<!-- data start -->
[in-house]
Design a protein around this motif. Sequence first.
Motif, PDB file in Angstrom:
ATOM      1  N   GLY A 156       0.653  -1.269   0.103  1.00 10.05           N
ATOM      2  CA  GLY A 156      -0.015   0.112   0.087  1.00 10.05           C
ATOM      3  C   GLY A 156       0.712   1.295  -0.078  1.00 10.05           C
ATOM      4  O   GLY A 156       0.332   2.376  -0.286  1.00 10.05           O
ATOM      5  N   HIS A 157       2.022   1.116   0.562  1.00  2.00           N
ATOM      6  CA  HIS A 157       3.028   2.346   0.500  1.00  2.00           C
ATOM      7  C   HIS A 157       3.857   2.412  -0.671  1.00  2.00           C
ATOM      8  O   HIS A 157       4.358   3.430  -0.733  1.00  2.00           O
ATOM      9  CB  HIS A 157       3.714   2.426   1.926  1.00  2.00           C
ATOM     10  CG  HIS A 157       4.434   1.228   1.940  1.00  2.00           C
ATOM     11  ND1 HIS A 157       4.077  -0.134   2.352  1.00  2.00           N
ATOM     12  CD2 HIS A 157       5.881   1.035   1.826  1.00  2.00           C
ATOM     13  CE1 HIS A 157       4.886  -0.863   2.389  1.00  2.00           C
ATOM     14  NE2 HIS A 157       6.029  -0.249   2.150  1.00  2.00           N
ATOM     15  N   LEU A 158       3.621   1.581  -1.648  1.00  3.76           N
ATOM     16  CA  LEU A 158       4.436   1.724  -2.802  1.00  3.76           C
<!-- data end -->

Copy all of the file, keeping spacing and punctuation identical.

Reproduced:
[in-house]
Design a protein around this motif. Sequence first.
Motif, PDB file in Angstrom:
ATOM      1  N   GLY A 156       0.653  -1.269   0.103  1.00 10.05           N
ATOM      2  CA  GLY A 156      -0.015   0.112   0.087  1.00 10.05           C
ATOM      3  C   GLY A 156       0.712   1.295  -0.078  1.00 10.05           C
ATOM      4  O   GLY A 156       0.332   2.376  -0.286  1.00 10.05           O
ATOM      5  N   HIS A 157       2.022   1.116   0.562  1.00  2.00           N
ATOM      6  CA  HIS A 157       3.028   2.346   0.500  1.00  2.00           C
ATOM      7  C   HIS A 157       3.857   2.412  -0.671  1.00  2.00           C
ATOM      8  O   HIS A 157       4.358   3.430  -0.733  1.00  2.00           O
ATOM      9  CB  HIS A 157       3.714   2.426   1.926  1.00  2.00           C
ATOM     10  CG  HIS A 157       4.434   1.228   1.940  1.00  2.00           C
ATOM     11  ND1 HIS A 157       4.077  -0.134   2.352  1.00  2.00           N
ATOM     12  CD2 HIS A 157       5.881   1.035   1.826  1.00  2.00           C
ATOM     13  CE1 HIS A 157       4.886  -0.863   2.389  1.00  2.00           C
ATOM     14  NE2 HIS A 157       6.029  -0.249   2.150  1.00  2.00           N
ATOM     15  N   LEU A 158       3.621   1.581  -1.648  1.00  3.76           N
ATOM     16  CA  LEU A 158       4.436   1.724  -2.802  1.00  3.76           C